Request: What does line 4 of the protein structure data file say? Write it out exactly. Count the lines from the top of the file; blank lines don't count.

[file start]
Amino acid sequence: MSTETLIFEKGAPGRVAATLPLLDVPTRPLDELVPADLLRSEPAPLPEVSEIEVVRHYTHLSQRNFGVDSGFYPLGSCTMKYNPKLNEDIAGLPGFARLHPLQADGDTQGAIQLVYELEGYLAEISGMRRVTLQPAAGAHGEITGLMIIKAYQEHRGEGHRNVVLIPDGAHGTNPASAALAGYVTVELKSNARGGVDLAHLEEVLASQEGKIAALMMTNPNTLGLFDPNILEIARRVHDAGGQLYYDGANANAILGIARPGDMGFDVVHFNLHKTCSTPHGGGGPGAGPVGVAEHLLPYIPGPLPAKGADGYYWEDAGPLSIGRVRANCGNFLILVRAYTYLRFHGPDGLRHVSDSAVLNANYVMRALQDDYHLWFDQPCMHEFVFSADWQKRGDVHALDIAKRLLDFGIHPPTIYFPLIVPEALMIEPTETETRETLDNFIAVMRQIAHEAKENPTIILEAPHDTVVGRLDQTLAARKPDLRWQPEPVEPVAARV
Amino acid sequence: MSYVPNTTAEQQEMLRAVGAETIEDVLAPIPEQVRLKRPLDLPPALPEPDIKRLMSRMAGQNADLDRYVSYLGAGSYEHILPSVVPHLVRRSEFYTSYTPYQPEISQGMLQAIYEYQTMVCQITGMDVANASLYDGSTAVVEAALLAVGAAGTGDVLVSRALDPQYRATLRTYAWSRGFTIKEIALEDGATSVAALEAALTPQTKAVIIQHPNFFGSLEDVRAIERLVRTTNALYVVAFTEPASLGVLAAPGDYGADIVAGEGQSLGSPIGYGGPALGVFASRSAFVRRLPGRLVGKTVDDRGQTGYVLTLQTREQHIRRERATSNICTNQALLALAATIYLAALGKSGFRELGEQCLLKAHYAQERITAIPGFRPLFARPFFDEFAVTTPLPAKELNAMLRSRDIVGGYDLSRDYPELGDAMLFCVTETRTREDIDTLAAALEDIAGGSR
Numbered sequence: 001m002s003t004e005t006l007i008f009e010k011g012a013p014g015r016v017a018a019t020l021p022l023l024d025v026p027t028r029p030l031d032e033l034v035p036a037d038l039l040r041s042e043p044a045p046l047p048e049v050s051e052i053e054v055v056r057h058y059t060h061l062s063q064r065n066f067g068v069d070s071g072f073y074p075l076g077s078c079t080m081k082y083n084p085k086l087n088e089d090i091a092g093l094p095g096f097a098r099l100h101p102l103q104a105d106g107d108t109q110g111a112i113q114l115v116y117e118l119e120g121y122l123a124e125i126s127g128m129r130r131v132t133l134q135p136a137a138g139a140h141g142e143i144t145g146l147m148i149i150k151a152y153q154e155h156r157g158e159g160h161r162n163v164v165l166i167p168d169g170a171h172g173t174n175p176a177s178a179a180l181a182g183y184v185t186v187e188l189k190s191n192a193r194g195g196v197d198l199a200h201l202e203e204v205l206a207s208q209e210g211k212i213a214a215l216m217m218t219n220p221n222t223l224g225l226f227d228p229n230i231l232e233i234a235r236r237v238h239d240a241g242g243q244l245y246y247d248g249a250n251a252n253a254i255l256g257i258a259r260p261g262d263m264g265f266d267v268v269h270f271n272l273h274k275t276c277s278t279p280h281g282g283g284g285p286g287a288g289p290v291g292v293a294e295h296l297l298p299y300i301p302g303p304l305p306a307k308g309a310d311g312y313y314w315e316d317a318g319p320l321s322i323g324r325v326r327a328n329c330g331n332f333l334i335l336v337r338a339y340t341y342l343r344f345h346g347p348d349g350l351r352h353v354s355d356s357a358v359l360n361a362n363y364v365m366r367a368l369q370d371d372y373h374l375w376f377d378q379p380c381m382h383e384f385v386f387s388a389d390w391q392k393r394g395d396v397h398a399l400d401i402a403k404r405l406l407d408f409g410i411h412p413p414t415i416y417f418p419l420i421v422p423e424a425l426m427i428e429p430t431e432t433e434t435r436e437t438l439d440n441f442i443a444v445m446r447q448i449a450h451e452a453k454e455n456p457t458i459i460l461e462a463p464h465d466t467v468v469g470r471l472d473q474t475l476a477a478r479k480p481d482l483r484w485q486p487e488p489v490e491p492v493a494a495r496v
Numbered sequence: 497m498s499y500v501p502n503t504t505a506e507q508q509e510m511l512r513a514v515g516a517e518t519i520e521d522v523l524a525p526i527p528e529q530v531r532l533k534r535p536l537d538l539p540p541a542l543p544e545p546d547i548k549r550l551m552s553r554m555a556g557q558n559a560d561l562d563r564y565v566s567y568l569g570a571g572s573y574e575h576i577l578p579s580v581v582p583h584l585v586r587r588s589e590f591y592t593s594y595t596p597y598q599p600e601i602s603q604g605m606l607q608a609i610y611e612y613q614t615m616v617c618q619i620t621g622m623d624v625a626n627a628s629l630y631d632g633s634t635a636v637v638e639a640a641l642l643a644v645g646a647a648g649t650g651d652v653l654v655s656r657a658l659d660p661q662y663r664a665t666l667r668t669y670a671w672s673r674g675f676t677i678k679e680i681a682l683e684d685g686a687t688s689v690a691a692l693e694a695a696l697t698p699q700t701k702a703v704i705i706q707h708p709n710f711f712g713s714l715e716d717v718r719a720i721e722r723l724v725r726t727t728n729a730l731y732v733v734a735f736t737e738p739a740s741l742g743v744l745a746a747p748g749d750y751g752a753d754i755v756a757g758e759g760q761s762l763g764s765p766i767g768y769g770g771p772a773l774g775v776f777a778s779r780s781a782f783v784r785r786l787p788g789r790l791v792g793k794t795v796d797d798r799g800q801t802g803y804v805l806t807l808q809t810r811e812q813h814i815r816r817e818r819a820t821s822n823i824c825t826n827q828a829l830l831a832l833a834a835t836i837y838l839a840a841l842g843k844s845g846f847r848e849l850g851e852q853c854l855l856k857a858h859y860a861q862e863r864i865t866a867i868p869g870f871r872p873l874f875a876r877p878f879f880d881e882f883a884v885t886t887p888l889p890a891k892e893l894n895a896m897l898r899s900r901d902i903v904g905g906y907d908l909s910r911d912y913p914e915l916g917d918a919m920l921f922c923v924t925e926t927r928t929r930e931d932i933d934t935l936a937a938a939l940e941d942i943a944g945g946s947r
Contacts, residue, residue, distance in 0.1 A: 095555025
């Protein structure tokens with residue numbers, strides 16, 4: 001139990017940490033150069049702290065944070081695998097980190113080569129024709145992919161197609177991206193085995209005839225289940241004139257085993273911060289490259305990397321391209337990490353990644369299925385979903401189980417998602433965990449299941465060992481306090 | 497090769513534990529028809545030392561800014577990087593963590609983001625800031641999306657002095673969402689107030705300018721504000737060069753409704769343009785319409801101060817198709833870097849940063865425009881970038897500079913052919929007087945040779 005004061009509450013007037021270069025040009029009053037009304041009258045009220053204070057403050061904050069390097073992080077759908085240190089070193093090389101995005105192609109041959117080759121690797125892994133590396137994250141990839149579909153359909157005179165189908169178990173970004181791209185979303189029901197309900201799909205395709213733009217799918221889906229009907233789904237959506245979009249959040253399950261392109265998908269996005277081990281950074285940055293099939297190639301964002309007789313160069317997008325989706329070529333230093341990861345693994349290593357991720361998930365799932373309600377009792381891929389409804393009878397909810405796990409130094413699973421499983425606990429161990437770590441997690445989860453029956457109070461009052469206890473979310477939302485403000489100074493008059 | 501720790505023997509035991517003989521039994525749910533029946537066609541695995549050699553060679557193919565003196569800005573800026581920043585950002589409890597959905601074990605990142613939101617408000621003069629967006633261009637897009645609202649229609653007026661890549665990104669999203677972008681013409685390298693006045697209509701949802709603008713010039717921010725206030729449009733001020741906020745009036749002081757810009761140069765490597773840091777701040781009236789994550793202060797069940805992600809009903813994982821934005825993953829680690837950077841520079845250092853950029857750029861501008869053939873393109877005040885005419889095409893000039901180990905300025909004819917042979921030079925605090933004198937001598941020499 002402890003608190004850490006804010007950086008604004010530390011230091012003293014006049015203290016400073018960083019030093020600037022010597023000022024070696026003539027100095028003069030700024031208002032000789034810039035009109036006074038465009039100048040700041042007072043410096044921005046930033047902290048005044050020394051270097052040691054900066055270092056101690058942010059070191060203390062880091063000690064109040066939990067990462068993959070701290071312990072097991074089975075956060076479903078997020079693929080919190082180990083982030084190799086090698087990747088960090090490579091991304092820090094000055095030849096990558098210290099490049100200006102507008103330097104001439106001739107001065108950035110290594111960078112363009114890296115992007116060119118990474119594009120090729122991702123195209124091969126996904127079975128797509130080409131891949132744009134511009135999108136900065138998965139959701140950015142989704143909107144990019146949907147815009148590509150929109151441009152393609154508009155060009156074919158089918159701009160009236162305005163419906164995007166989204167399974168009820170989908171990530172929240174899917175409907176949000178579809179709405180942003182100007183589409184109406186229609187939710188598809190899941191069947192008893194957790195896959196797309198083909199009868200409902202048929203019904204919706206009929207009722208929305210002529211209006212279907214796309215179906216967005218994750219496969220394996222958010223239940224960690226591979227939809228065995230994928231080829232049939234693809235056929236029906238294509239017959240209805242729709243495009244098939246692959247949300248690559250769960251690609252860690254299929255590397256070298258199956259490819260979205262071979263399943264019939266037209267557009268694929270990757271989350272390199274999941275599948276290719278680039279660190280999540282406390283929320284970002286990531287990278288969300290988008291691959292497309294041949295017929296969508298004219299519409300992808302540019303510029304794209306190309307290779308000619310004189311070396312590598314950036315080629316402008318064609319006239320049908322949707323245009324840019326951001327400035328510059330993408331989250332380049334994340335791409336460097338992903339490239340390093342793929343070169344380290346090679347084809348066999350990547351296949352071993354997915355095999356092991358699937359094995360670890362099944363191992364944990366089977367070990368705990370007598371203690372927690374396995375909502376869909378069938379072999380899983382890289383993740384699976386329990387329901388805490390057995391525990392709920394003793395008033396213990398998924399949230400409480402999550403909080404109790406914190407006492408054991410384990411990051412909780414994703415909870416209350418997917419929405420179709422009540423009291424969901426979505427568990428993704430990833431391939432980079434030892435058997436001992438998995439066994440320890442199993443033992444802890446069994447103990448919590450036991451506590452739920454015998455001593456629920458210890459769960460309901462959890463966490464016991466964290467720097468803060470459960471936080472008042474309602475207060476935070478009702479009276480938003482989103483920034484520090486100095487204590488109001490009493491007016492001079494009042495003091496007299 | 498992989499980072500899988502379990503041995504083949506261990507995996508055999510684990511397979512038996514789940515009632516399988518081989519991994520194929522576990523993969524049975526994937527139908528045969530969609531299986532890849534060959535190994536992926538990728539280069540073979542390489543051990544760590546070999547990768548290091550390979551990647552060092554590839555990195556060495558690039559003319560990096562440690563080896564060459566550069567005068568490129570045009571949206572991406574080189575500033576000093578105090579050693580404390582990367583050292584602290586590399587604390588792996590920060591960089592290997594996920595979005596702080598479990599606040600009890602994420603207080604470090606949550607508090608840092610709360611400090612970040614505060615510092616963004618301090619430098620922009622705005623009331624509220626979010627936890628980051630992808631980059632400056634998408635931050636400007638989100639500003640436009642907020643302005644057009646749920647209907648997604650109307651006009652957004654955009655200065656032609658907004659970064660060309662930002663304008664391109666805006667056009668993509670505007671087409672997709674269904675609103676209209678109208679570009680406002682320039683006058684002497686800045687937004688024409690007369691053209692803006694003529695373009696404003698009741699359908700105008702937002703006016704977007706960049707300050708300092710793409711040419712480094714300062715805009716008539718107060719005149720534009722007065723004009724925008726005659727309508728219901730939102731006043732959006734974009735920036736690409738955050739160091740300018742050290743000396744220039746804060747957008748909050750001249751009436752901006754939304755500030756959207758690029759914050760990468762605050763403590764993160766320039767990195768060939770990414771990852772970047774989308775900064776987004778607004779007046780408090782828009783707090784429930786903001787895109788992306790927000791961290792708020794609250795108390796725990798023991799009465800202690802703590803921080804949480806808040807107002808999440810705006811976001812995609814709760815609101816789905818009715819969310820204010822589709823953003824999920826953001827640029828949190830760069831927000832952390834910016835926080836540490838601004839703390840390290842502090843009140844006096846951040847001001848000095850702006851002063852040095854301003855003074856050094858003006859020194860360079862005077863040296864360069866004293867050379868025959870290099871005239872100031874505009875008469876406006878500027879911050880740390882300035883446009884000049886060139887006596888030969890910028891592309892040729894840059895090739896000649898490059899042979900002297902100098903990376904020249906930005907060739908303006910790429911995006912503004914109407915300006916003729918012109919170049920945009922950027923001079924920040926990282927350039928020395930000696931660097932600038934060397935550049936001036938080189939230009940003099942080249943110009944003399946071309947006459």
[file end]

Numbered sequence: 497m498s499y500v501p502n503t504t505a506e507q508q509e510m511l512r513a514v515g516a517e518t519i520e521d522v523l524a525p526i527p528e529q530v531r532l533k534r535p536l537d538l539p540p541a542l543p544e545p546d547i548k549r550l551m552s553r554m555a556g557q558n559a560d561l562d563r564y565v566s567y568l569g570a571g572s573y574e575h576i577l578p579s580v581v582p583h584l585v586r587r588s589e590f591y592t593s594y595t596p597y598q599p600e601i602s603q604g605m606l607q608a609i610y611e612y613q614t615m616v617c618q619i620t621g622m623d624v625a626n627a628s629l630y631d632g633s634t635a636v637v638e639a640a641l642l643a644v645g646a647a648g649t650g651d652v653l654v655s656r657a658l659d660p661q662y663r664a665t666l667r668t669y670a671w672s673r674g675f676t677i678k679e680i681a682l683e684d685g686a687t688s689v690a691a692l693e694a695a696l697t698p699q700t701k702a703v704i705i706q707h708p709n710f711f712g713s714l715e716d717v718r719a720i721e722r723l724v725r726t727t728n729a730l731y732v733v734a735f736t737e738p739a740s741l742g743v744l745a746a747p748g749d750y751g752a753d754i755v756a757g758e759g760q761s762l763g764s765p766i767g768y769g770g771p772a773l774g775v776f777a778s779r780s781a782f783v784r785r786l787p788g789r790l791v792g793k794t795v796d797d798r799g800q801t802g803y804v805l806t807l808q809t810r811e812q813h814i815r816r817e818r819a820t821s822n823i824c825t826n827q828a829l830l831a832l833a834a835t836i837y838l839a840a841l842g843k844s845g846f847r848e849l850g851e852q853c854l855l856k857a858h859y860a861q862e863r864i865t866a867i868p869g870f871r872p873l874f875a876r877p878f879f880d881e882f883a884v885t886t887p888l889p890a891k892e893l894n895a896m897l898r899s900r901d902i903v904g905g906y907d908l909s910r911d912y913p914e915l916g917d918a919m920l921f922c923v924t925e926t927r928t929r930e931d932i933d934t935l936a937a938a939l940e941d942i943a944g945g946s947r